REVIEW: Run to You by Rachel Gibson

 

“There’s nothing like fleeing Miami to ruin a girl’s day.

Stella Leon’s bartending gig was going fine until gorgeous retired Marine Beau Junger decked her mob-connected boss, spirited her out of the city, and claimed that Stella’s half-sister—the one with the perfect life—sent him. Now Stella has no choice but to go along for the ride . . . and seduce Beau’s military-issue socks off . . .

The Marine Corps was Beau’s escape from his old man’s legacy of naval heroism and serial philandering, but no amount of training could prepare him for the day he looked in the mirror and saw his father staring back. The answer: swear off meaningless sex. Oh, and find a way to make Stella Leon quit being so damn hot . . .”

Dear Ms. Gibson,

We’re back for the (I think) 2nd book in this series and it’s about Sadie’s illegitimate sister Stella. Stella has always felt unwanted by her rich father who basically paid a huge trust fund to Stella’s mother to manage until Stella’s 25th birthday or marriage to keep them all away from the Hollowell family in Texas. Stella has never felt as good as beautiful blonde, debutante Sadie and has stumbled through life with a few jouvie incidents with the law and by working as a singer and bartender. She’s apprehensive about meeting her sister and stunned to learn that up til now, Sadie hasn’t known about her.

RuntoYou_RachelGibson_300Beau is a former marine sniper who now runs, surprise surprise, a security company who has been tasked by his twin brother, who is friends with Sadie’s fiancé, to find Stella and deliver the news her sister wants to meet her. Only events don’t play out like Beau planned and he inadvertently gets Stella in trouble with her boss who has mob connections. Now Beau has to drive Stella from Florida to Texas and both of them aren’t sure they’re going to survive being in that close contact with the other without one of them committing murder. Can love bloom along the interstate?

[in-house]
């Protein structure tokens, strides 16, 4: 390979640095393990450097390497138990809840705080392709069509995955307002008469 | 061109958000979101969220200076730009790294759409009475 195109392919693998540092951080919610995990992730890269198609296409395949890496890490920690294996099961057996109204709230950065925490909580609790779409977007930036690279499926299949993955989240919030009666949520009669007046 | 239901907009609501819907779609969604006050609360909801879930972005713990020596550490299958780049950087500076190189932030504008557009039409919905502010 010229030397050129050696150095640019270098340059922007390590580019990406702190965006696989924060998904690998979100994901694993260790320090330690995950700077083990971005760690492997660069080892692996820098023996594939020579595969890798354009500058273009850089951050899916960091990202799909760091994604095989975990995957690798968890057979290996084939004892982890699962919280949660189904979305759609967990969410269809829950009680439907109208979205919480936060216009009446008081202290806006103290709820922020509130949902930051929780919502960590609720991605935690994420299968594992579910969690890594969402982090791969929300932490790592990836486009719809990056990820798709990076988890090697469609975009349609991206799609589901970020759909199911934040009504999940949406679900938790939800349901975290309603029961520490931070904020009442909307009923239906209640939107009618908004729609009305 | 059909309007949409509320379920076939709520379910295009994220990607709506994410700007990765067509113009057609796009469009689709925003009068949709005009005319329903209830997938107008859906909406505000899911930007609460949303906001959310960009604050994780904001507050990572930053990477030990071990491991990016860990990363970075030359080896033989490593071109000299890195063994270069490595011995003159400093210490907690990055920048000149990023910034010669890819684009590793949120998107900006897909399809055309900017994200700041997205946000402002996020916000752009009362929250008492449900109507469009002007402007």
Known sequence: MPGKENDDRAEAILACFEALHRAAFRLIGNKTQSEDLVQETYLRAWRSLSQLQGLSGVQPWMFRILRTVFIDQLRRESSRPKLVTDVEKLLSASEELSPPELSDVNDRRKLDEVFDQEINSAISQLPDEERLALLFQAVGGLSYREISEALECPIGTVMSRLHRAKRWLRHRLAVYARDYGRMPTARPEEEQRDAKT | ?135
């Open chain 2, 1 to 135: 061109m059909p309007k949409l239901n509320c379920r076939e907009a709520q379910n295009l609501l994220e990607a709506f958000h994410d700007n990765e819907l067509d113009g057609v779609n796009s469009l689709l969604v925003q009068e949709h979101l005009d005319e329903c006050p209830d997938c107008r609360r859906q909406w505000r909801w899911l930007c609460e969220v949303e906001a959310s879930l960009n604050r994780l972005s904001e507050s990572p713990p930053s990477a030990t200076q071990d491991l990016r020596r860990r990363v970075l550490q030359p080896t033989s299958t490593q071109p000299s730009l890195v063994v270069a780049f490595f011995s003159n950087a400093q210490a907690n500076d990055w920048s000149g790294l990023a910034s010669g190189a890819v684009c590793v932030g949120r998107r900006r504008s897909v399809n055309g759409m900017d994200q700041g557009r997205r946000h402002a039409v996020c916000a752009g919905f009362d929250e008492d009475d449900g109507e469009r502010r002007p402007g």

I can take one or two characters being unlikeable or difficult but so many of them makes a book hard to read for me. Stella is a woman with some quirks and annoying habits while Beau is downright crude. And no I’m not going to give him a by based on 18 years in the military and a dickwad of a father. Being in the military doesn’t have to mean you’re a uncouth bore. Even Stella’s family sounds like a pack of bloodsucking leeches living off her trust fund. And then there’s her boss Ricky and his mob buddies. I was halfway into the book and not really liking anyone – including Beau’s mother who gives off a slightly creepy vibe and spills family secrets the minute she meets Stella, hinting that she wants her son to marry and start giving her grandchildren.

On the plus side, the plot is coherent and well thought out. It’s a road trip from Annoyance Land as these two tick each other off yet feel a strong sexual attraction. Neither of them will dive into that for two reasons – he’s tired of his “hook up for a night” lifestyle which suddenly reminds him too much of his philandering father and has decided to remain celibate until he finds his One and Only while Sadie is still a (technical) virgin depending on how one feels about oral sex and also waiting for Mr. Right before giving it up. Then suddenly after their night of hot and heavy in New Orleans – whether or not it’s sex depends on your idea of if Bill Clinton was right or not – feelings seem to be developing. Really?

Beau’s thinking Stella isn’t as annoying now that he’s gotten his hands on her fine ass while Stella is annoyed that she lost control and yelled she loved him as she hurtled towards her orgasm while he maintained his icy control. Added stress arrives now that they’ve arrived in Texas and the sisters meet but it just as quickly dissipates as Stella’s “feeling of inadequacy” plot line fizzes out.

Well, okay then what’s left to settle? Why it’s whether or not Beau will admit to any feelings beyond caring for Stella. She’s pissed, he’s confused and now off to help his twin brother in what will probably be the set up for a future book. Then, suddenly, Beau realizes his feelings are lurve. How did this happen?, he asks himself. And I’m wondering the same thing. There’s a grandiose public statement of love, delivered Marine style with sound/light effects but I’m sorry, I just didn’t see the love striking any more than Beau did. It is a fast read but not a very convincing one. C-

~Jayne